“In the first place, there are some sea-ports on the eastern coast of Scotland still in the hands of the Chevalier's friends; should I gain any of them, I can easily embark for the Continent.”

“Good-your second reason ?”

“Why, to speak the very truth, there is a person in Scotland upon whom I now find my happiness depends more than I was always aware, and about whose situation I am very anxious."

" Then Emily was right, and there is a love affair in the case after all ? And which of these two pretty Scolchwomen, whom you insisted upon my admiring, is the distinguished fair? not Miss Glen--I hope."

66 No."

“Ah, pass for the other ; simplicily may be improved, but pride and conceil never. Well, I don't discourage you; I think it will please Sir Everard, from what he said when I jested with him about il: only I hope that intolerable papa, with his brogue, and his snuff, and his Lalin, and his insufferable long stories about the Duke of Berwick, will find it necessary hereafter to be an inhabitant of foreign parts. But as lo the daughter, though I think you might find as filling a malch in England, yet if your heart be really set upon this Scotch rose-hud, why the Baronet has a great opinion of her father and of his family, and he wishes much to see you married and settled, both for your own sake and for that of the three ermines passant, which may otherwise pass away altogether. But I will bring you his mind fully upon the subject, since you are debarred correspondence for the present, for I think you will not be long in Scotland before me.”

“ Indeed! and what can induce you lo think of returning to Scotland ? No relenting longings towards the land of mountains and floods, I am afraid.”

“None, on my word ; but Emily's health is now, thank God, reestablished, and, to tell you the truth, I have little hopes of concluding the business which I have at present most at heart, until I can have a personal interview with his Royal Highness the Commander-in-Chief; for, as Fluellen says, 'the duke doth love me well, and I thank heaven I have deserved some love at his hands.' I am now going out for an hour or two to arrange matters for your departure ; your liberty extends to the next room, Lady Emily's parlour, were you will find her when you are disposed for music, reading, or conversation. We have taken measures to exclude all servants but Spontoon, who is as true as sleel."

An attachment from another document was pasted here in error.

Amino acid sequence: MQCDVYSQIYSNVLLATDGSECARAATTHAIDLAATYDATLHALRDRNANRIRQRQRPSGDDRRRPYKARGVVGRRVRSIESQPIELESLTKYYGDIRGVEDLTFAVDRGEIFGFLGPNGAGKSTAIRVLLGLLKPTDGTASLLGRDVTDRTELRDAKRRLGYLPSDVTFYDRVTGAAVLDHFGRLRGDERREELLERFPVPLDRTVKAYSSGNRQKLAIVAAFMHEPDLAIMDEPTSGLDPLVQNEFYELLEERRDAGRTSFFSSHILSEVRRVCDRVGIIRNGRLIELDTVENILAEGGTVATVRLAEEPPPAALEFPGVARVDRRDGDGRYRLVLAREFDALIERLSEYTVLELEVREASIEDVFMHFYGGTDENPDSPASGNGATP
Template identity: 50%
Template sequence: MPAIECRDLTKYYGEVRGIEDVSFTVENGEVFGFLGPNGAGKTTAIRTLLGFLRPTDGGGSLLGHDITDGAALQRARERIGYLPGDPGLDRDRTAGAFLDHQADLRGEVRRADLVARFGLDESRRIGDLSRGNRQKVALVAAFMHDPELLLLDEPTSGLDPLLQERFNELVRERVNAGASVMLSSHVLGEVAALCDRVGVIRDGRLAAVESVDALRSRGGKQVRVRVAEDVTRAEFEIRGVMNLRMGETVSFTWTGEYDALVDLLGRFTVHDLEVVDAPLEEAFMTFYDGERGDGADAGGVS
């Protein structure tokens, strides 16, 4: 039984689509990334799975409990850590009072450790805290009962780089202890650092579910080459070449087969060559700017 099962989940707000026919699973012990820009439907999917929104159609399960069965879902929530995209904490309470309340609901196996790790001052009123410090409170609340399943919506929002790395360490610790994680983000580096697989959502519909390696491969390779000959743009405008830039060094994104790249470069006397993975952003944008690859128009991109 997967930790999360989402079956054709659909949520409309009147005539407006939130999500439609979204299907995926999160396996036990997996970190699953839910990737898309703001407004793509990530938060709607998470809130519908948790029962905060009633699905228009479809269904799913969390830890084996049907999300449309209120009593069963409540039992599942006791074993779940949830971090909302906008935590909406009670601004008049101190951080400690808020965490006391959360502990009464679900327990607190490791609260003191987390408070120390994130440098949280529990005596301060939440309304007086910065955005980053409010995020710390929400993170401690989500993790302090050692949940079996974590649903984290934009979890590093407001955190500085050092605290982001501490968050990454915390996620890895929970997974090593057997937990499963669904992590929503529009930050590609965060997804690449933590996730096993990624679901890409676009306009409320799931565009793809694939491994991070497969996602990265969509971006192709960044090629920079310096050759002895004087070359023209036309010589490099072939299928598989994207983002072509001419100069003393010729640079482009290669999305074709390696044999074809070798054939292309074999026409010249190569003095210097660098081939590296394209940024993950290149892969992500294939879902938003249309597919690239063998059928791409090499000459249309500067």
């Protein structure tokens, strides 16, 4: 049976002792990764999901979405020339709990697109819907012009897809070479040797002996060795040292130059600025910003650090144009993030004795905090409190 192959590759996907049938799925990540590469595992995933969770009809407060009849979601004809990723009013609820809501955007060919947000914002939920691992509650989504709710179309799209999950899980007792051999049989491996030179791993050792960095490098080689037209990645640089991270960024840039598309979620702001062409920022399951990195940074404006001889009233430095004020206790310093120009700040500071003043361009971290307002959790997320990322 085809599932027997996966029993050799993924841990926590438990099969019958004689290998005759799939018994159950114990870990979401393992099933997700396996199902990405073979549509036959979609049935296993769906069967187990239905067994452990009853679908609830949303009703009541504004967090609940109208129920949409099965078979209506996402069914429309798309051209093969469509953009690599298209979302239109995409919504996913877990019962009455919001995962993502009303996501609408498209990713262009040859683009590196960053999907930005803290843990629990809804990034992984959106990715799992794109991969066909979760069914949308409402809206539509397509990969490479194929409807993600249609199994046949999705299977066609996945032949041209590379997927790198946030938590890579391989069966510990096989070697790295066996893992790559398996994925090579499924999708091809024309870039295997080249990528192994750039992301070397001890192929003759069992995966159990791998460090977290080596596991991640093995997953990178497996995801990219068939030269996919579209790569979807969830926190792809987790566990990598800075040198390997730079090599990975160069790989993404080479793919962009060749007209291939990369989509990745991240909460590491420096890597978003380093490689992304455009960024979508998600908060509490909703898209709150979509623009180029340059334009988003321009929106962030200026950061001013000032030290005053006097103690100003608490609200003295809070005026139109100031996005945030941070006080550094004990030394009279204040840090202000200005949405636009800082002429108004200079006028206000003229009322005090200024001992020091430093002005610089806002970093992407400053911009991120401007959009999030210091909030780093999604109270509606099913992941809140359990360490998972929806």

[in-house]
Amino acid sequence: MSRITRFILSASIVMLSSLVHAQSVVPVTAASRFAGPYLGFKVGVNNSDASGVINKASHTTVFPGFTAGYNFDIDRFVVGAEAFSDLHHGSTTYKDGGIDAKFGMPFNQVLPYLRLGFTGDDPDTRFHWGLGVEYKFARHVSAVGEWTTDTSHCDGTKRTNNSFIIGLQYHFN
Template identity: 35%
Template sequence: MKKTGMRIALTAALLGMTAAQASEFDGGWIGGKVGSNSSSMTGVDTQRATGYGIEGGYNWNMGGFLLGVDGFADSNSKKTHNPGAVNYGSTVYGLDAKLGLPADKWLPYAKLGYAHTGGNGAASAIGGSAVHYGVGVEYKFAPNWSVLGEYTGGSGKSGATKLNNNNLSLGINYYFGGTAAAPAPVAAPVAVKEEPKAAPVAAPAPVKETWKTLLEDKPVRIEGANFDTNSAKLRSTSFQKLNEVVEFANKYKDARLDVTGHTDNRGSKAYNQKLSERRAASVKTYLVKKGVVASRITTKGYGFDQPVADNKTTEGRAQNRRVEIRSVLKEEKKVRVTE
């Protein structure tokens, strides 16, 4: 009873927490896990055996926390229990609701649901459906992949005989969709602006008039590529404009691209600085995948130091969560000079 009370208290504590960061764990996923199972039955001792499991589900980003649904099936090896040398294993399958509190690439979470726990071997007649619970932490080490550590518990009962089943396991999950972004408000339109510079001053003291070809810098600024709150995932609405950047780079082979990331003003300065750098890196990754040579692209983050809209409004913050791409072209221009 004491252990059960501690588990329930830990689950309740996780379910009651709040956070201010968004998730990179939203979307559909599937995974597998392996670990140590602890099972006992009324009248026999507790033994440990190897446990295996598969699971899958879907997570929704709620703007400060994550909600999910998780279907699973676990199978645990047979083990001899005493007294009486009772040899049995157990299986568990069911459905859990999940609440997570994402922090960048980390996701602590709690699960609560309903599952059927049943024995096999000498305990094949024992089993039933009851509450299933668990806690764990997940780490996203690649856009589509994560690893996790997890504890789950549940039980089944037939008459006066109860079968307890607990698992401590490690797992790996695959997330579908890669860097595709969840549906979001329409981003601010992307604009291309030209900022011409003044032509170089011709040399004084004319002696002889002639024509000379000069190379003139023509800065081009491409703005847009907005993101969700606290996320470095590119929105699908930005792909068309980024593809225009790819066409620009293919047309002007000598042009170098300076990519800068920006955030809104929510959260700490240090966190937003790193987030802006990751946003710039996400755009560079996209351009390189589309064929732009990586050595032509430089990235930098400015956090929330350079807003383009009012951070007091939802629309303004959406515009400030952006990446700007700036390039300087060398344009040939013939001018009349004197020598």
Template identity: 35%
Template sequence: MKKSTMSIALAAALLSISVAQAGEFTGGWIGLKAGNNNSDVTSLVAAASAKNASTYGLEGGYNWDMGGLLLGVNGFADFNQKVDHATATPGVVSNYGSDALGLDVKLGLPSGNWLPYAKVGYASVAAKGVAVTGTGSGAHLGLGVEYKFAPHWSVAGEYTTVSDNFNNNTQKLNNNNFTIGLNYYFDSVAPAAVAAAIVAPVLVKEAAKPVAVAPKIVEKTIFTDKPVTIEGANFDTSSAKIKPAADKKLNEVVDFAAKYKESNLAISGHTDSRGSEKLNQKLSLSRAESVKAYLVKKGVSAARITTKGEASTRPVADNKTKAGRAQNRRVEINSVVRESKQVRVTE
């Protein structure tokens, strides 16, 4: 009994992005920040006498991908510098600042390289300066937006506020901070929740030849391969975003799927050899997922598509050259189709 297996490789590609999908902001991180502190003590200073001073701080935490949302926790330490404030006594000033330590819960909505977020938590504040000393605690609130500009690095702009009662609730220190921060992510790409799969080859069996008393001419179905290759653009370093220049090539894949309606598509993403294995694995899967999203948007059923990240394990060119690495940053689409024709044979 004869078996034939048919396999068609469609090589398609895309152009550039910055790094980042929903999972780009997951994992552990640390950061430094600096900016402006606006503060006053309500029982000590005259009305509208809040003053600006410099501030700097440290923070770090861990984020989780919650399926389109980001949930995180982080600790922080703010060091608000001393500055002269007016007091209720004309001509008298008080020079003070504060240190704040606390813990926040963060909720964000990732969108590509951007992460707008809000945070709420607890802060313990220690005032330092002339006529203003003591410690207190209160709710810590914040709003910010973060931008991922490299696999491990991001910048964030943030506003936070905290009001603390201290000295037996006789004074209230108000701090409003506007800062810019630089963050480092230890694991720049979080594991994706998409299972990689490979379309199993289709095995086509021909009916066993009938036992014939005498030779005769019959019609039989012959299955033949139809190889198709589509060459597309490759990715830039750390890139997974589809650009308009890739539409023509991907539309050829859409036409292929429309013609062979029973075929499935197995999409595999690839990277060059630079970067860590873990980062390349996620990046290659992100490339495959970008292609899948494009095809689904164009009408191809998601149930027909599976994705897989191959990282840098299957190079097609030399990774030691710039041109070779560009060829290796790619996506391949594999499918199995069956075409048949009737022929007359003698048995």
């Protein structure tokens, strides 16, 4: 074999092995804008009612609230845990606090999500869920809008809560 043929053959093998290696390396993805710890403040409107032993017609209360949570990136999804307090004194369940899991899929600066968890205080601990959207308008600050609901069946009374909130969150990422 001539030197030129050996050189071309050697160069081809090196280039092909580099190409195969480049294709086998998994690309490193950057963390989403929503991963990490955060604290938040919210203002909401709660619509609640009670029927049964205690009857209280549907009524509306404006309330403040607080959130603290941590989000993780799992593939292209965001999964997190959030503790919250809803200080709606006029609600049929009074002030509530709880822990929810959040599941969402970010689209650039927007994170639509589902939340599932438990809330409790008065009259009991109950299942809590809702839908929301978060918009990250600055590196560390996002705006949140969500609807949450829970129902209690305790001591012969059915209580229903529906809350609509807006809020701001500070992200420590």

In about two hours Colonel Talbot returned, and found his young

friend conversing with his lady; she pleased with his manners and information, and he delighted at being restored, though but for a moment, to the society of his own rank, from which he had been for some time excluded.

“And now," said the Colonel, "hear my arrangements, for there is little time to lose. This youngster, Edward Waverley, alias Williams, alias Captain Butler, must continue to pass by his fourth alias of Francis Stanley, my nephew : he shall set out to-morrow for the North, and the chariot shall take him the first Iwo stages. Spontoon shall then attend him; and they shall ride post as far as Huntingdon ; and the presence of Spontoon, well known on the road as my servant, will check all disposition to inquiry. At Huntingdon you will meet the real Frank Stanley. He is studying at Cambridge, but, a little while ago, doublful if Emily's health would permit me to go down to the North myself, I procured him a passport from the secretary of state's office to go in my stead, As he went chiefly to look after you, bis journey is now unnecessary. He knows your story ; you will dine together at Huntingdon; and perhaps your wise heads may hit upon some plan for removing or diminishing the danger of your farther progress northward. And now (taking out a morocco case), let me put you in funds for the campaign.” “ I am ashamed, my dear Colonel,"—

Nay,” said Colonel Talbot, you should command my purse in any event; but this money is your own. Your father, considering the chance of your being attainted, left me his trustee for your advantage. So that you are worth above L 15,000, besides Brerewood Lodge-a very independent person, I promise you. There are bills here for L 200 ; any larger sum you may have, or credit abroad, as soon as your motions require it."

The first use which occurred to Waverley of his newly acquired wealth, was to write to honest Farmer Jopson, requesting his acceptance of a silver tankard on the part of his friend Williams, who had not forgotten the night of the eighteenth December last. He begged him at the same time carefully to preserve for him his Highland garb and accoutrements, particularly the arms, curious in themselves, and to which the friendship of the donors gave additional value. Lady Emily underlook to find some suitable token of remembrance, likely to flatter the vanity and please the taste of Mrs. Williams; and the Colonel, who was a kind of farnier, promised to send the Ulswater patriarch an excellent team of horses for cart and plough.

One happy day Waverley spent in London; and, travelling in the manner projected, he met with Frank Stanley at Huntingdon. The two young men were acquainted in a minute.

“I can read my uncle's riddle,” said Stanley ;“ the cautious old